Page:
Grant Howell considers how the advantages offered by collaborative practice can particularly benefit Middle Eastern-based families looking for a smooth divorce.
With the Middle Eastern region so much in the news for negative reasons, it’s easy to forget that many British families make their homes in the area to take advantage of the thriving economic climate provided by certain states and countries. For example, according to the BBC there are 55,000 British people living in the UAE alone, mostly in Dubai and Abu Dhabi. There are a further 26,000 in Saudi Arabia. In line with long-term trends around the world, the rate of divorce amongst ex-pats in the Middle East is increasing.
Unfortunately, significant complications can arise for ex-pats based in the Middle East going through divorce even if they wish to do things amicably. On top of the usual complexities involved in cross-border divorces, there may be particular considerations regarding the tax treatment of offshore assets and property held in these states, which require specialist legal attention on divorce. Unless matters are agreed between spouses, litigation in these sorts of circumstances can run up substantial fees.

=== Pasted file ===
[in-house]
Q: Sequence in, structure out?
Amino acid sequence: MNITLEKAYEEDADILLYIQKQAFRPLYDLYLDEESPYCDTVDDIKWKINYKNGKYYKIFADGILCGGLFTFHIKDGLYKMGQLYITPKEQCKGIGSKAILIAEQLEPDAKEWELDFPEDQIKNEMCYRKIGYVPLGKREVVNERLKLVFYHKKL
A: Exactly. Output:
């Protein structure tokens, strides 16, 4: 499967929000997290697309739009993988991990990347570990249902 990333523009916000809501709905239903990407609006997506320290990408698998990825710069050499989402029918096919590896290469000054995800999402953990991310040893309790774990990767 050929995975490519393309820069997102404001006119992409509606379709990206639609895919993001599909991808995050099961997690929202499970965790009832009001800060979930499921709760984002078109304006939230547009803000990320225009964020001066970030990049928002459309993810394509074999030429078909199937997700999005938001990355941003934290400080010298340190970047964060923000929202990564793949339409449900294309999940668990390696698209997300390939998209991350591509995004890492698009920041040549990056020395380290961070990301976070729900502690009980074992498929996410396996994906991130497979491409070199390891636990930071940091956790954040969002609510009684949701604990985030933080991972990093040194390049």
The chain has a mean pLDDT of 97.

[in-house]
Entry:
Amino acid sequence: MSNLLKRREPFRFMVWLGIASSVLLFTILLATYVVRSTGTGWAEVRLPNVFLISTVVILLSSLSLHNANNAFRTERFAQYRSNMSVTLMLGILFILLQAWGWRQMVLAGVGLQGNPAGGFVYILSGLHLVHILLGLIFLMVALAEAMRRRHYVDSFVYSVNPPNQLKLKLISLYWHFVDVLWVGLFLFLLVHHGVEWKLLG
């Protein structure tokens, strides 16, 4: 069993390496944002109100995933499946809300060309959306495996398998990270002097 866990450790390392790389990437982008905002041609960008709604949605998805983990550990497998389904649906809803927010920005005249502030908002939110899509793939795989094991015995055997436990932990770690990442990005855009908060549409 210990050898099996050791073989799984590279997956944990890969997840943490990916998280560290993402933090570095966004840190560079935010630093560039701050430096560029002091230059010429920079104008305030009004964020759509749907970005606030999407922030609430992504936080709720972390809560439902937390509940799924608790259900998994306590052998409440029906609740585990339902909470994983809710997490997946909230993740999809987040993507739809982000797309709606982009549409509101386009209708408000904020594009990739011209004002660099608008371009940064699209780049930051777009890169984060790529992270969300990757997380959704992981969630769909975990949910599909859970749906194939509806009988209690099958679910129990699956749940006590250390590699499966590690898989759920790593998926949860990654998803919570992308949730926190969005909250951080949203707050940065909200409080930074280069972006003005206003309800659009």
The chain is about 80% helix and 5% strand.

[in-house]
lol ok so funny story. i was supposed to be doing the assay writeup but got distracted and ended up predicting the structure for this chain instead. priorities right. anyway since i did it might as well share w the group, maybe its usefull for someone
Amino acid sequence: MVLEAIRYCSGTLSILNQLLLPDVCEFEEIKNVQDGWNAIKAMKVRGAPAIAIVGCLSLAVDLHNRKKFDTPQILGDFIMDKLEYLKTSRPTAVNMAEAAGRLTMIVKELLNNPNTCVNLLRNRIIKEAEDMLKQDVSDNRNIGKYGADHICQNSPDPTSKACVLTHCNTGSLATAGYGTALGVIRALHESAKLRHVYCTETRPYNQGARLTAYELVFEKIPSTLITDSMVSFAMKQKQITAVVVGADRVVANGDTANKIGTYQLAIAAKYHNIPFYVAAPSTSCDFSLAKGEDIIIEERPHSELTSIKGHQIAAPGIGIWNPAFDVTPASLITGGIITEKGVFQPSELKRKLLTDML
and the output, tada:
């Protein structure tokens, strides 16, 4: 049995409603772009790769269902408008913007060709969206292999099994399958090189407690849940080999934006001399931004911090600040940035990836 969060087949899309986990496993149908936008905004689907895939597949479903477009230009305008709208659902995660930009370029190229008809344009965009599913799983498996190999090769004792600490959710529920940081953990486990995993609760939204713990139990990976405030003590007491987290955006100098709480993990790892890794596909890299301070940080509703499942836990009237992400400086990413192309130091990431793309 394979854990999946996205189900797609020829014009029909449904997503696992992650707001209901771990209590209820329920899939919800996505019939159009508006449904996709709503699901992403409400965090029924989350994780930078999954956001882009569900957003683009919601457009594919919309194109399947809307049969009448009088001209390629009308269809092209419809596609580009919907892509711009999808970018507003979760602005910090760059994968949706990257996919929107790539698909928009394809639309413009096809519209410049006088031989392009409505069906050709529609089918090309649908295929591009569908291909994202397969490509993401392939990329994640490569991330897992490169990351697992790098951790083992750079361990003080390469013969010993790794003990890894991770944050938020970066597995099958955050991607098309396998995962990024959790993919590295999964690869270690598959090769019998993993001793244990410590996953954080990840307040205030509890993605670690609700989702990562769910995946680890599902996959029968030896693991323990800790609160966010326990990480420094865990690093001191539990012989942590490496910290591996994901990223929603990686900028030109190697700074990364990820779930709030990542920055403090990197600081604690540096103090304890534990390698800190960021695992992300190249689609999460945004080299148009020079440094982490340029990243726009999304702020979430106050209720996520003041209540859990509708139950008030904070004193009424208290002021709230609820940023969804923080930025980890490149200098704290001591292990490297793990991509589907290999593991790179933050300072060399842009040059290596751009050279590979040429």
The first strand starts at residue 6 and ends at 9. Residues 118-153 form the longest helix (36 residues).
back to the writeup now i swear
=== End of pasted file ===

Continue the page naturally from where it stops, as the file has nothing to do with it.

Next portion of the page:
Other complications can be present concerning arrangements for children based in the Middle East. The parents may find that local law has a bearing on their plans or wishes for the children, and there may be concerns about moving the children back to the UK. All these issues can directly impact upon the family looking to make arrangements for after the divorce.
For these ex-pat couples, there are significant advantages to working with collaborative lawyers to arrive at a mutually agreed solution. The ‘teamwork’ ethos of collaborative law ensures that both adults know the advice being given, and can approach the complicated choices they need to make with a full understanding of the implications of each course of action on themselves, the other spouse, children, and other family members. Questions and differences of approach can be aired and discussed in a constructive environment focused on the future, rather than thrashed out in court adversarially.
The aim of collaborative practice on divorce is for both adults to feel that they own the final result, that they have worked to find a fair future together, and that decisions have been made in a cost-effective and open way. Research shows that collaborative law is best suited to achieve those objectives. The more complex the circumstances, the higher the risks of litigation – both in financial and family terms. This is why for international couples based in the Middle East, collaborative and Creative Divorce is a process worth investigating.